3 Recovering Stocks to Consider
This week our theme is recovering stocks that are seeing a catch-up. We look outside North America to Japan, which is catching up to North America and western Europe in terms on vaccinations and their economy, and we see underdog Lowe’s gaining ground on rival Home Depot.
Last week, we looked at ETFs. Here’s another one, and it capitalizes on the current rally in Japanese stocks and their recovering stocks. The Japanese haven’t seen their market climb this high since April 1991, and the catalyst was the sudden resignation of Prime Minister Suga. The Japanese public have been frustrated by Suga’s handling of the pandemic, allowing the Olympics to go forward last July, and have been unhappy with the slow roll-out of vaccinations (though it is now accelerating). Markets hope that the new PM will pump fresh stimulus into the economy, hence the jump in stocks.
A reliable and efficient way to get a piece of Japan’s rally is this tried-and-true ETF that trades in New York. EWJ stock carries US$11.59 billion in assets, trades at only a 5.32x PE and charges an 0.51% MER. Last Friday, it jumped 2.84% to a new high of $71.82 and changed hands at nearly three times its normal volumes. EWJ holds (in order of size) Toyota, Sony, Keyence and SoftBank with Nintendo down the list. EWJ tracks the MSCI Japan index.
Right before last Friday’s rally, 41% of Japanese stocks had been trading below pre-Covid levels, compared to 17% of S&P ones. The Olympic boom never happened. One wonders why the games weren’t scheduled for October instead, just as they had in 1964 when Tokyo last hosted the Olympics, because summers are too humid even for athletes. (Also, an October games would have likely led to some spectators watching the games, hence ticket sale revenues and perhaps international tourism dollars to offset the most expensive games in history.)
Japan has been lagging, but is coming back. How far will this rally go is anyone’s guess, but EWJ stock is worth at least a modest position in your portfolio.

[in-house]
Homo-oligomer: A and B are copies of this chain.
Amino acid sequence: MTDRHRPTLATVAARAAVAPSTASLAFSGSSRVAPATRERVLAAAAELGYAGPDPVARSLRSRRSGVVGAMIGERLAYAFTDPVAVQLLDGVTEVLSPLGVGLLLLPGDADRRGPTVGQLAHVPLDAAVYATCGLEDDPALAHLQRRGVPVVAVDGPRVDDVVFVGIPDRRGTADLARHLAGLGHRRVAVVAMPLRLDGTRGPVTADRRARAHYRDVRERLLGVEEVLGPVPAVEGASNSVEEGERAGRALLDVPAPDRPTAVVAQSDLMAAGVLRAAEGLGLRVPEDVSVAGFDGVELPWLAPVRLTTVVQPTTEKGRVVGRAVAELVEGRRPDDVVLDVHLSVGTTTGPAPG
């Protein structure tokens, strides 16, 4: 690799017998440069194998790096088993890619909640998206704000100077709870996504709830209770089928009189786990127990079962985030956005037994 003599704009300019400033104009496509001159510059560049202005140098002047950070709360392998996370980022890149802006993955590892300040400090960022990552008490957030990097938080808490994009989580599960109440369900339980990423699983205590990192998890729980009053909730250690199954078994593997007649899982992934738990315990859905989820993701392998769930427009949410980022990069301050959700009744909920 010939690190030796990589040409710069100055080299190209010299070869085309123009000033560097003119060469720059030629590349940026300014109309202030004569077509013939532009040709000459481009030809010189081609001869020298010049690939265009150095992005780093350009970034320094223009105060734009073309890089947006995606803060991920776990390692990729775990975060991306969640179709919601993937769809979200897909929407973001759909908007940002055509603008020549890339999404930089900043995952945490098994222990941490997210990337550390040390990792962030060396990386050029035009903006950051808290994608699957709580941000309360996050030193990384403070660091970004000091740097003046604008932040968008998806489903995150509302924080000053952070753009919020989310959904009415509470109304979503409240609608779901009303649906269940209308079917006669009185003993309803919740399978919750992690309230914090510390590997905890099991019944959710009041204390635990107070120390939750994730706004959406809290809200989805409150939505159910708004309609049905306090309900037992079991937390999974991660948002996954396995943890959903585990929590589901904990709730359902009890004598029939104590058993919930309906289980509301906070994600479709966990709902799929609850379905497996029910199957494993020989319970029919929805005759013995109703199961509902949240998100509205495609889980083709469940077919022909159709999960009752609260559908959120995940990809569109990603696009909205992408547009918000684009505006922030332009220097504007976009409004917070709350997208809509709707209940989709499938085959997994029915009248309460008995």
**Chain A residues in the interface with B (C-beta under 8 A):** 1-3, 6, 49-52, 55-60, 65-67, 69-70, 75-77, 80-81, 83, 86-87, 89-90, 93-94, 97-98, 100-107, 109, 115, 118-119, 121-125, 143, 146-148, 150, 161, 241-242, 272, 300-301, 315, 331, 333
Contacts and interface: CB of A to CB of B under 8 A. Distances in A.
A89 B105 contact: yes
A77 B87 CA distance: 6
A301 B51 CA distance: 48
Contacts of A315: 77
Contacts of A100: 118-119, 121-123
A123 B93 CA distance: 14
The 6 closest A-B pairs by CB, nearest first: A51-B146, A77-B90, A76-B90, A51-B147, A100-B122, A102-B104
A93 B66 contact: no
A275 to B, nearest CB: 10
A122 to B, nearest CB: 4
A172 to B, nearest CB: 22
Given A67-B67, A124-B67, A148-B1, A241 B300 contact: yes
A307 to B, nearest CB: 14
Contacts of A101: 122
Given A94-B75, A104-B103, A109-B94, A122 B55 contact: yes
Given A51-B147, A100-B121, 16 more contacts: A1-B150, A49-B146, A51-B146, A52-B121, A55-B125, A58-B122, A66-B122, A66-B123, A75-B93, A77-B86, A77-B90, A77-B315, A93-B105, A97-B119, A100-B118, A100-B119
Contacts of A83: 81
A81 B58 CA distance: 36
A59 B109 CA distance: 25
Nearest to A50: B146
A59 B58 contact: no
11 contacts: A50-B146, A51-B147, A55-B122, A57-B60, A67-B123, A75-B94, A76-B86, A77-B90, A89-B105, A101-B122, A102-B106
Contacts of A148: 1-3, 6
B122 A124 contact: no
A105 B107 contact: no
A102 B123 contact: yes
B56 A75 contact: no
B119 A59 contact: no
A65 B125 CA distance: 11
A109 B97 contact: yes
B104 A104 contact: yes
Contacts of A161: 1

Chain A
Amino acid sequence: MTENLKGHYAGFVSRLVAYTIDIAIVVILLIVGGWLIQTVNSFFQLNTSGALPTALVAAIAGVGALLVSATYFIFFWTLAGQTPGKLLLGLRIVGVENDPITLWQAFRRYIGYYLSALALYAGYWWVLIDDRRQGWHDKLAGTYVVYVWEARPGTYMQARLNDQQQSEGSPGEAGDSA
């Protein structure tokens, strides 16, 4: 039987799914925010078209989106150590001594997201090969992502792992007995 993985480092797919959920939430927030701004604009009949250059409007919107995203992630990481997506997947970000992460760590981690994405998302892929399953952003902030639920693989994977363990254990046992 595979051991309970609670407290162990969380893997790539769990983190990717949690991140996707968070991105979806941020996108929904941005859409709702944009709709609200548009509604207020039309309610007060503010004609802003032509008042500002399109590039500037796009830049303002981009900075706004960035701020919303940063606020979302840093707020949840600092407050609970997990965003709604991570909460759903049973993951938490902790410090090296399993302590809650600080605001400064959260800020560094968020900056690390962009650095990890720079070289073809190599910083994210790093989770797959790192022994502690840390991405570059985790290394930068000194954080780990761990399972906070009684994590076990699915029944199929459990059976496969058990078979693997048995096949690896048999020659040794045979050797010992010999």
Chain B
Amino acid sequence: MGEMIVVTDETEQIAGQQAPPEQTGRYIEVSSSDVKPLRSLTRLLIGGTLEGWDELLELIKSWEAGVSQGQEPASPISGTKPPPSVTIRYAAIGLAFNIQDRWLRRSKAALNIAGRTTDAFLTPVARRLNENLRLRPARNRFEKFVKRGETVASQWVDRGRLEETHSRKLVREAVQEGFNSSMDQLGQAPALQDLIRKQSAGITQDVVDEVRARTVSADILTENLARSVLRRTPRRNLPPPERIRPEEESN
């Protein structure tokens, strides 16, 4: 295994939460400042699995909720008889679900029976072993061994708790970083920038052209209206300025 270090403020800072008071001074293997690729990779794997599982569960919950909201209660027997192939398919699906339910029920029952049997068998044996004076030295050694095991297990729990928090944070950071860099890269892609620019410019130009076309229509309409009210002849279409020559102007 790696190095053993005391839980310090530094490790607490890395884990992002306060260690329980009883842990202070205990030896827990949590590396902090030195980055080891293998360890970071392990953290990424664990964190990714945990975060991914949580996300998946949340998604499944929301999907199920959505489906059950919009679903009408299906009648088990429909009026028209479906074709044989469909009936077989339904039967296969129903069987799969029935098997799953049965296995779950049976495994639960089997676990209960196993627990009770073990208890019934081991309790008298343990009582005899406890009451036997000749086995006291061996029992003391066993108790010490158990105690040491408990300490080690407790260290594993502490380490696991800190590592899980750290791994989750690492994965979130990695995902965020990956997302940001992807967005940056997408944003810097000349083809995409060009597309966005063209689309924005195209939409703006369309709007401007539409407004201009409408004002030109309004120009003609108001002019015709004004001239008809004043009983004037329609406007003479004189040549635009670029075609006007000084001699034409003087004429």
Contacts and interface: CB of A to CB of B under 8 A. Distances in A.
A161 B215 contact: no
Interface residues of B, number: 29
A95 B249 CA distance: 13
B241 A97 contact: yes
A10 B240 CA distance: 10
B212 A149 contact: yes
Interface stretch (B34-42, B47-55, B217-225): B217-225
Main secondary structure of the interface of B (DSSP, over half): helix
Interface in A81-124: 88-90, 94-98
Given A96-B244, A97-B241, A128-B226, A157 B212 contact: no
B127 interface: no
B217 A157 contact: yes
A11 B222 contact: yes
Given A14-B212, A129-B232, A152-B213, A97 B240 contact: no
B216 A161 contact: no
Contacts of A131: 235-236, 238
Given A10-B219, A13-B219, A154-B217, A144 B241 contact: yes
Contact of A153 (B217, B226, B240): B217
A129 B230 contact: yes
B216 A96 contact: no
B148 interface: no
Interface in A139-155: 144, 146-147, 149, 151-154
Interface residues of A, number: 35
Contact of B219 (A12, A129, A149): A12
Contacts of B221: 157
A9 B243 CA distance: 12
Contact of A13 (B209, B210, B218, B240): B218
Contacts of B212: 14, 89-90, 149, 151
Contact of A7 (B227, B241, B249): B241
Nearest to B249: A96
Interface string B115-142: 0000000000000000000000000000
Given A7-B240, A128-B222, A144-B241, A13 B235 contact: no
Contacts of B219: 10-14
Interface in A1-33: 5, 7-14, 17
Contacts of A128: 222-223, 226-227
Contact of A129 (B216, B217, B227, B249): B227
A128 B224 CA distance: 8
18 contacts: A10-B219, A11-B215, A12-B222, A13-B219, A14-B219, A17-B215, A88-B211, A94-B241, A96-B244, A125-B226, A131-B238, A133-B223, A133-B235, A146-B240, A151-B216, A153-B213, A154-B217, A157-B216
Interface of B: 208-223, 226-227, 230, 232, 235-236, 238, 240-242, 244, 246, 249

These home improvement giants have been tagged as pandemic plays, which was a blessing last year, but a curse this year. At least, that’s the perception. The truth is that Home Depot has soared from $251 on March 4 to the current range of $310-330. So much for reopenings being a threat. Home owners and builders are still buying lumber, tools and furniture to repair and upgrade homes, though inflation and supply bottlenecks in many products are fueling revenues. After all, the U.S. is enjoying a housing boom amid low interest rates and the drift from cities to the ‘burbs.
Despite sector uncertainty, HD has been beating its quarters, the last four to be precise. In mid-August Home Depot reported YOY revenue popping 8.1%, earnings and revenu beats, and an 4.5% increase in same-store sales over the year. However, this last number wasn’t strong enough for Wall Street which expected 5%, so shares fell 4% on the news. There remains value in the name. Head to head with Lowe’s, HD wins in several metrics: profit margin of 10.55% vs. Lowe’s 7.41%, ROI of 36.61% vs. 24.11% and dividend yield of 2% vs. 1.55%.
Also in mid-August, Lowe’s reported. It too beat earnings and revenues handily, but impressed the street more than HD.
One key area where HD wins is professional contracts vs. amateur DIY customers. The former has picked up this year because homeowners now feel it’s safe to allow contractors into their homes. Already, 45% of HD’s sales come from the pros where that figure is only 25% at Lowe’s. However, Lowe’s CEO is aiming for 30%. His company boasts 35.1% YOY same-store sales growth and a 69% leap in quarterly profits. The company plans to expand online sales and add private brands. True, DIY customers shopped a little less this spring, but those folks were spending more on big-ticket items.
Shares of LOW popped 4% immediately after that report. The street still believes in the name at seven buys and three holds at a price target of nearly $230 that’s over 12% higher than the current level. Home Depot boasts eight buys and one hold at a price target about 11% higher at $363.43.
Even though Delta cases remain a worry, a return to wide lockdowns looks highly unlikely, and the housing boom will continue since there is not a rise in interest rates in sight. This make both LOW and HD buys, though on dips, with the edge going to LOW because it promises better growth. That said, the two companies are similar and both will perform well in the near future.